To the convictions levied against Cecil County State’s Attorney Ellis Rollins III, who now awaits sentencing after a long six months of preparing for the case that concluded last Friday. Four Pennsylvania women testified that, from their adjacent hotel, they witnessed Rollins suggestively dance naked and masturbate directly in front of the sliding glass door of his high-rise Ocean City hotel on several occasions while he was attending the Maryland State’s Attorneys Association convention. The fallout has undoubtedly distressed life and work in his office after he recused himself from prosecuting while the case was pending. The embarrassing and now criminal episode shines another unflattering light on the Cecil County community to a regional audience.
To the retirement of longtime Cecil Whig reporter Cheryl Mattix, who will leave full-time work at the end of the year. Mattix has reported for the Whig and its sister publications for nearly 32 years and while we support her in her new endeavors, we cannot help but add our sadness in her departure. It is softened by her choice to stay involved through continuing to write her weekly “Mattix on Matters” column, but we’ll surely miss seeing her in our newsroom each day. Mattix has been a foundation who many have attached themselves to through decades of changes at the Whig. She’s unquestionably been a mentor to scores of journalists who have penned its pages. So to Cheryl, we offer our everlasting gratitude.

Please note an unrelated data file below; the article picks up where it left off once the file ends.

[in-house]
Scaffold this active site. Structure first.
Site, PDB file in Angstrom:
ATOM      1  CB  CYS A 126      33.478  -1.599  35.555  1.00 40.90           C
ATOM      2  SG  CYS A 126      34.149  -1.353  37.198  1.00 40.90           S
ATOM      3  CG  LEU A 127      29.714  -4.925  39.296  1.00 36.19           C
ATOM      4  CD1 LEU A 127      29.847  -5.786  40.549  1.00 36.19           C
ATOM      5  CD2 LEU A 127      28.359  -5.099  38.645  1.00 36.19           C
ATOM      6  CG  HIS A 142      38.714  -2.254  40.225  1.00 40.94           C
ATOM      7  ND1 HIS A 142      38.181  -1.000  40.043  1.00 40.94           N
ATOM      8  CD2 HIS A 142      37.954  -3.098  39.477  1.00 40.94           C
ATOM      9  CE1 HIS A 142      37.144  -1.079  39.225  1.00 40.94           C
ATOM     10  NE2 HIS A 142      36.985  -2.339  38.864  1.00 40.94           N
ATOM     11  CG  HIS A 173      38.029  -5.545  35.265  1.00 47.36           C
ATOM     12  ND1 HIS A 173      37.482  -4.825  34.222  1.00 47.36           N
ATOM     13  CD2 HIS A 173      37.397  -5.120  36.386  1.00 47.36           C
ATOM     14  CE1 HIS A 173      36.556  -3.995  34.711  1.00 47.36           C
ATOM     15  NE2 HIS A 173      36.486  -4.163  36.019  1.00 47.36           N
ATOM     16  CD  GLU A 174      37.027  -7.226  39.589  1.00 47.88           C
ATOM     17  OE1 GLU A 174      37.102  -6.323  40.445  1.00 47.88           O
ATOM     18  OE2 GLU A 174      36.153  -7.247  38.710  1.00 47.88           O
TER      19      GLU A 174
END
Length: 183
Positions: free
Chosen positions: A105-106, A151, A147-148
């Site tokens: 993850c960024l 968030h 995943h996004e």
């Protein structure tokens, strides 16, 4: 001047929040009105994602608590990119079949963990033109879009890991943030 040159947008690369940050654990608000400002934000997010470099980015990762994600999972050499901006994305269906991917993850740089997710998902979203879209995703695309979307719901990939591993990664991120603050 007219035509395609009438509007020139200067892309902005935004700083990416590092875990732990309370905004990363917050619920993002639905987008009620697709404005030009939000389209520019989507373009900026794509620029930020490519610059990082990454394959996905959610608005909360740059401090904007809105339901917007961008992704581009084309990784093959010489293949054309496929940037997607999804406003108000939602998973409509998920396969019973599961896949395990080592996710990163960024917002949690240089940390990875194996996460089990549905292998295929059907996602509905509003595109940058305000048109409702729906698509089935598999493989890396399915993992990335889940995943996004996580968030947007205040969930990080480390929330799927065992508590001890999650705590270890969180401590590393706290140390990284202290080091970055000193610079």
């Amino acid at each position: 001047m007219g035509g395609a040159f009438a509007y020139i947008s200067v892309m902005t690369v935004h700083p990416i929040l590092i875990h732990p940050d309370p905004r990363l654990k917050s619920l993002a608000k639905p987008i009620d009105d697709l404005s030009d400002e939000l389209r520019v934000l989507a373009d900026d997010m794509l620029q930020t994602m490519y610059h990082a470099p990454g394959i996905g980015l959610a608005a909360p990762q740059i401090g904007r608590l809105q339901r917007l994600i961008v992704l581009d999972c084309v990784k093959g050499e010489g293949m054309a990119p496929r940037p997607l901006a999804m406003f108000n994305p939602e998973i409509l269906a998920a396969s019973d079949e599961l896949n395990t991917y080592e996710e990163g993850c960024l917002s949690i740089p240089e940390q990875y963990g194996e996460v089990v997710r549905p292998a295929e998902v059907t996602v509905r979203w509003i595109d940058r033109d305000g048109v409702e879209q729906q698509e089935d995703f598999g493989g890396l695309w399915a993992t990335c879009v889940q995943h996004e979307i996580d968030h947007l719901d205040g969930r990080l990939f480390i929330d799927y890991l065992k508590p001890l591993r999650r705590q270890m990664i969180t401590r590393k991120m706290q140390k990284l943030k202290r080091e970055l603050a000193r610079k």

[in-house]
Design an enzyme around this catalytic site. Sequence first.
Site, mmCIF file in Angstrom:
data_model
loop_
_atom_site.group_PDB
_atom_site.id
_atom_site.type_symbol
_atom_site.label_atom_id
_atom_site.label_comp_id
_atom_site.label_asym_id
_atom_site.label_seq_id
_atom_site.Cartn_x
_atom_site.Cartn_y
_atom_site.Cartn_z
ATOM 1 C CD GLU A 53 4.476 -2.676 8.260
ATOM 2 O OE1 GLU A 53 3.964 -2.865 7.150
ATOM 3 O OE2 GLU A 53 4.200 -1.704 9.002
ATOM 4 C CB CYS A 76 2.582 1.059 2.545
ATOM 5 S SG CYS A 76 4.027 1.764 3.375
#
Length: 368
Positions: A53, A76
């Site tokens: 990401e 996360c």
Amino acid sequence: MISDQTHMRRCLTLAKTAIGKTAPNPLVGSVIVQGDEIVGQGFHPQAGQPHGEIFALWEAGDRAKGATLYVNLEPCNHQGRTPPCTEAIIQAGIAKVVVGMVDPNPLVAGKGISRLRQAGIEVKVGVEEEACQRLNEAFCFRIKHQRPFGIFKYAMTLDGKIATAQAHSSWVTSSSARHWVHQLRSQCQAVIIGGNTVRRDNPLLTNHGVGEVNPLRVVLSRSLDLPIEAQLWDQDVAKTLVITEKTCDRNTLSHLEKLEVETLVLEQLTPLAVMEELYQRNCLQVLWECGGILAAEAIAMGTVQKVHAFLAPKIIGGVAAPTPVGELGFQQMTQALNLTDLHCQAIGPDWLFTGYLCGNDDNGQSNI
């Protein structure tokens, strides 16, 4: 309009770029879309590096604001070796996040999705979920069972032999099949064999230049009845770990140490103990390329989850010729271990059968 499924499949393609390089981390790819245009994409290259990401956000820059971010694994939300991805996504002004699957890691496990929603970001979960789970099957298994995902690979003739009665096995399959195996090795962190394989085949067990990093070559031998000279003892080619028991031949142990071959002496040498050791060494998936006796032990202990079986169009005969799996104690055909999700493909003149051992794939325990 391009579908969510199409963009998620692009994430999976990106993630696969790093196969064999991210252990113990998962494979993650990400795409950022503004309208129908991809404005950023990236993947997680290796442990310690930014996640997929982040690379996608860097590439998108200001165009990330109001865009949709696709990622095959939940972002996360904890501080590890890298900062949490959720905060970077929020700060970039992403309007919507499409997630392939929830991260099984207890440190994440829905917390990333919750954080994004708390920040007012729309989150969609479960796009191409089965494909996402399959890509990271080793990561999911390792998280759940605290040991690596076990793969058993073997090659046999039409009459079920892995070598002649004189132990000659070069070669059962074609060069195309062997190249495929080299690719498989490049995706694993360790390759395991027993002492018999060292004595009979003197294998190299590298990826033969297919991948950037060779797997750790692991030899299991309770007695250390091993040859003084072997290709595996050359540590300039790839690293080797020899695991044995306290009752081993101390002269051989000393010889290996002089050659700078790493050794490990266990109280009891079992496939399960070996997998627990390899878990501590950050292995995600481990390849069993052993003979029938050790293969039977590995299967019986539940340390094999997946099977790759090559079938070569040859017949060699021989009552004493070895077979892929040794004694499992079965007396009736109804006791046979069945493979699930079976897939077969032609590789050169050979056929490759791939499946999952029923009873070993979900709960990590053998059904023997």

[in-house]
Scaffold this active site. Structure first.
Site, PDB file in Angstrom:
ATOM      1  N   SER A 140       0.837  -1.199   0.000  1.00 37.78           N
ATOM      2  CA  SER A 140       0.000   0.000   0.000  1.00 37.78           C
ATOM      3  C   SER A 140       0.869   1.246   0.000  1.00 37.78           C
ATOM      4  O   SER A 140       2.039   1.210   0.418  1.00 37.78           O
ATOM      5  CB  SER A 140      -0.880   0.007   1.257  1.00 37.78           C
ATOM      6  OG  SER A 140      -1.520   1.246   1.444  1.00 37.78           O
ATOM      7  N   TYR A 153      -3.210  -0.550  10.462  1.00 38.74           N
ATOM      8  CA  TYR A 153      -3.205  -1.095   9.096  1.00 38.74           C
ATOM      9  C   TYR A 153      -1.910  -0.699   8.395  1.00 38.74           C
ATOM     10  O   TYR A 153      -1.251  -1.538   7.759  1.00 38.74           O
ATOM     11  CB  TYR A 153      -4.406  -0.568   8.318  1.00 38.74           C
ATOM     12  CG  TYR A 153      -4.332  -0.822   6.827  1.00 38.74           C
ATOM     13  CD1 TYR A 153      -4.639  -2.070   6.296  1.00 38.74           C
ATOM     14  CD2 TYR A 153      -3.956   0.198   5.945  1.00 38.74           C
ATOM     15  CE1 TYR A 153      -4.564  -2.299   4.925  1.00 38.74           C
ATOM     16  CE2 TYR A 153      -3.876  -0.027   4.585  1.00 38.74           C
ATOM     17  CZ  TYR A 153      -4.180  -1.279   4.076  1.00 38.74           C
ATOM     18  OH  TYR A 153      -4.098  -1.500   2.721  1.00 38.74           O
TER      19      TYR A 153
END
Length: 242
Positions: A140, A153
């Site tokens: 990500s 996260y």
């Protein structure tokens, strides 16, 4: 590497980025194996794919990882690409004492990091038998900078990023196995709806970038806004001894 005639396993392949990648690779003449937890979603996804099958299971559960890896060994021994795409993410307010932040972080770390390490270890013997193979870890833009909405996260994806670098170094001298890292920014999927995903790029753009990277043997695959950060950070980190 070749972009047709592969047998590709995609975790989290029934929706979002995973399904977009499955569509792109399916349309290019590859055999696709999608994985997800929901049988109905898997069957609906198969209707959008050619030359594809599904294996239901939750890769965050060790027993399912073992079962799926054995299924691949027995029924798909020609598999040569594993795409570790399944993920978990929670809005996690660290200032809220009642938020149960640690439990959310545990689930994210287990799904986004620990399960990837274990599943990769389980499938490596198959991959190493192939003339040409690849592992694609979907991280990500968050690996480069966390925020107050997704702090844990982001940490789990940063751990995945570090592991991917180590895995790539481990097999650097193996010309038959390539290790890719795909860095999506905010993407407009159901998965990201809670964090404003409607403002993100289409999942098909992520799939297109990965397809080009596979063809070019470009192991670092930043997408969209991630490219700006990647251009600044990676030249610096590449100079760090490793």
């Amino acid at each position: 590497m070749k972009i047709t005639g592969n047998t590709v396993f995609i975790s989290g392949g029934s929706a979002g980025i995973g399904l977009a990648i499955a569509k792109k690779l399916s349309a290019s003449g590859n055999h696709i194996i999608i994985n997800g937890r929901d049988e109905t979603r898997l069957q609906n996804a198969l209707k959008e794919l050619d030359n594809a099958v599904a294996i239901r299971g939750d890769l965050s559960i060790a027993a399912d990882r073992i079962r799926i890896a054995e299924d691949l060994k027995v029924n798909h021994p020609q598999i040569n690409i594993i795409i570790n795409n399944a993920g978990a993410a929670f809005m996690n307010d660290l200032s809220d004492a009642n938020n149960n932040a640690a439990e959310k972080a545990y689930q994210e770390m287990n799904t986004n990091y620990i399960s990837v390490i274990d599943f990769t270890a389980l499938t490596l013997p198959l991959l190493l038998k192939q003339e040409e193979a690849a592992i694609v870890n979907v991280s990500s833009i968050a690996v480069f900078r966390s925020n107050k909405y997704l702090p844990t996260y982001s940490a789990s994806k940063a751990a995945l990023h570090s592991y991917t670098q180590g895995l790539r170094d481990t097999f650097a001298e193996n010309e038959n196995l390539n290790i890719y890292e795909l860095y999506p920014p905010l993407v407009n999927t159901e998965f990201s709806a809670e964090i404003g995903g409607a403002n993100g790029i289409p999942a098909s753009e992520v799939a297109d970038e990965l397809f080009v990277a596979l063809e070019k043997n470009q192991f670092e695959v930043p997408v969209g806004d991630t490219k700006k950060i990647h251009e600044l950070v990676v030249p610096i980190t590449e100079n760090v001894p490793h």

To the news that the errors from the Maryland Comptroller Office’s local income tax payments between 2010 and 2014 resulted in a more than $340,000 debt for North East. The town’s director of finance and administration said the total is equatable to almost an entire year’s income tax revenue for the town. The statewide error came to light after several special taxing districts in various counties began to realize they were not getting their fair share of income tax revenue. An audit then revealed that while the state collected the right amount of money from taxpayers, taxpayers were not always classified in the proper taxing districts. The problem stems from misinformed residents who filed with the wrong info and was compounded over the years without necessary oversights. The only good news in the mess is that repayments of the money don’t have to start until 2024, with one-tenth of that total amount taken every year, but it likely means the town can expect leaner years in the late 2020s.